Globally, the last few decades have witnessed a significant change in the treatment of disability and persons with disability. The most important contribution of this progressive reconstruction of disability has been a slow shift from the medical model of disability to a sociological model, that is, the recognition of dis-ability not in relativity to ability but in highlighting the inability of an ableist society to meaningfully accommodate the needs of persons with disability. This shift in narrative marks not only the end of a patronising attitude towards persons with disability, but also signals towards interpreting disability to unpack the variety of problems of access faced by persons with disability. Such an exploration of nuance shifts the focus not on supposed ‘shortcomings’ of the individual, but on the duty of the society and state at large to accommodate their needs.
We must, as a nation, attempt to analyse how far the Indian picture has kept pace with this shift in narrative. More importantly, we must, as a community, be more cautious about the influence of ableist attitudes and able-bodied ignorance on the conversation surrounding accessibility. In keeping with James Charltons’ revolutionary conception of “Nothing About Us, Without Us”, persons living with disability must be given the loudest voice in defining and facilitating accessibility.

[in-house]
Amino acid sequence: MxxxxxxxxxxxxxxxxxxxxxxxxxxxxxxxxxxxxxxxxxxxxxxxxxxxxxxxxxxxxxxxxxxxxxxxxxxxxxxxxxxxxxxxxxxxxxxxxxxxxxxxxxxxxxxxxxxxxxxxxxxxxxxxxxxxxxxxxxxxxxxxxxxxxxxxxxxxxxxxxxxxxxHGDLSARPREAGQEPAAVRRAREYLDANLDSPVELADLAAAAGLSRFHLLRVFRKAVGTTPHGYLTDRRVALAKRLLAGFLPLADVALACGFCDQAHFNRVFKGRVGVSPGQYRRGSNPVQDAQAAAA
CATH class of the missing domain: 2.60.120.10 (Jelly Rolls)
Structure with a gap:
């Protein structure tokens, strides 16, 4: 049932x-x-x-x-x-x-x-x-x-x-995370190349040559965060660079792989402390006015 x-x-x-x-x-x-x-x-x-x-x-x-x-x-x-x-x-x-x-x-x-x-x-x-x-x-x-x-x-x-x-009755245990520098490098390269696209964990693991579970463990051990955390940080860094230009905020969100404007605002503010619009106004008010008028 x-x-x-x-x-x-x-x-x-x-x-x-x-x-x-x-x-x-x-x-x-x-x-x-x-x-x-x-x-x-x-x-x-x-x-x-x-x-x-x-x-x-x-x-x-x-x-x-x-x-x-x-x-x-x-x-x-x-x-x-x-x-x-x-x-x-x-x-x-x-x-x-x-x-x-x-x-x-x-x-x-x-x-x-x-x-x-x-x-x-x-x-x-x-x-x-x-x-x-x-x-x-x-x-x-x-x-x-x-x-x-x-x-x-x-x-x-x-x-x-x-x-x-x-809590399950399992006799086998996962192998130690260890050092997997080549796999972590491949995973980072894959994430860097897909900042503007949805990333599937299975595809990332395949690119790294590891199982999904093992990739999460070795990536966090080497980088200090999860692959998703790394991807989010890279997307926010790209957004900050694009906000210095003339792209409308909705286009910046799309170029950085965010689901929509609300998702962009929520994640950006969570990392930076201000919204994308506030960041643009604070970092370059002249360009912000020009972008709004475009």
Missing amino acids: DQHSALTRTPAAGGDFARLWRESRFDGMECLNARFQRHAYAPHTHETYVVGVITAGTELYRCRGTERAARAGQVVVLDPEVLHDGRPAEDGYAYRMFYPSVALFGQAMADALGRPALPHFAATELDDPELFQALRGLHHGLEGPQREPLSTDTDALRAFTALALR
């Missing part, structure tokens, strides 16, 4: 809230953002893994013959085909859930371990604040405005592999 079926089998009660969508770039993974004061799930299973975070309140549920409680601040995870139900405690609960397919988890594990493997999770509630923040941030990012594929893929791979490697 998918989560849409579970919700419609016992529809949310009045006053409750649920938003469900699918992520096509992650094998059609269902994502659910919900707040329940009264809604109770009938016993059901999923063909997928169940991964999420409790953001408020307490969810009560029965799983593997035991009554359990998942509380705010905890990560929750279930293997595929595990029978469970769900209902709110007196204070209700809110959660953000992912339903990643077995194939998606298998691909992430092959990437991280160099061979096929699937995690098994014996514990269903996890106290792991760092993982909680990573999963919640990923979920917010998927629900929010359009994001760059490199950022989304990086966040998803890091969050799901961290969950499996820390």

While the legal regime has shown a slow shift along the sociological understanding of disability through the enactment of the Rights of Persons with Disability Act, 2016 and repeal of the Persons with Disability Act, the rules accompanying the new legislation, as well as the Divyang initiative have been subject to scrutiny by activists for propagating ableist narratives and not sufficiently providing for the objectives of the Act. Moreover, the Mental Health Act continues to promote a regressive view of persons with mental disabilities.
The Law and Society Committee of National Law School of India University, Bangalore focuses on highlighting the intersection between law and society, with a special emphasis on the perspectives of marginalised groups. In 2017, the Committee convened “The Indian Apartheid: A Conference on Caste” in collaboration with the Savitribai Phule Ambedkar Caravan (SPAC) to explore themes of social exclusion and marginalisation of groups in a brahminical society. In continuing with this tradition of annual conferences, and with the intent to critically explore the nuances of accessibility vis-à-vis the public and the private realm, we invite you to the “Revisiting Ability: A Conference on Disability and Its Intersections” on April 21, 2018 and April 22, 2018 at the National Law School of India University, Bangalore. We hope that you will join us.
Please note: This is not meant for asking for Call for Papers.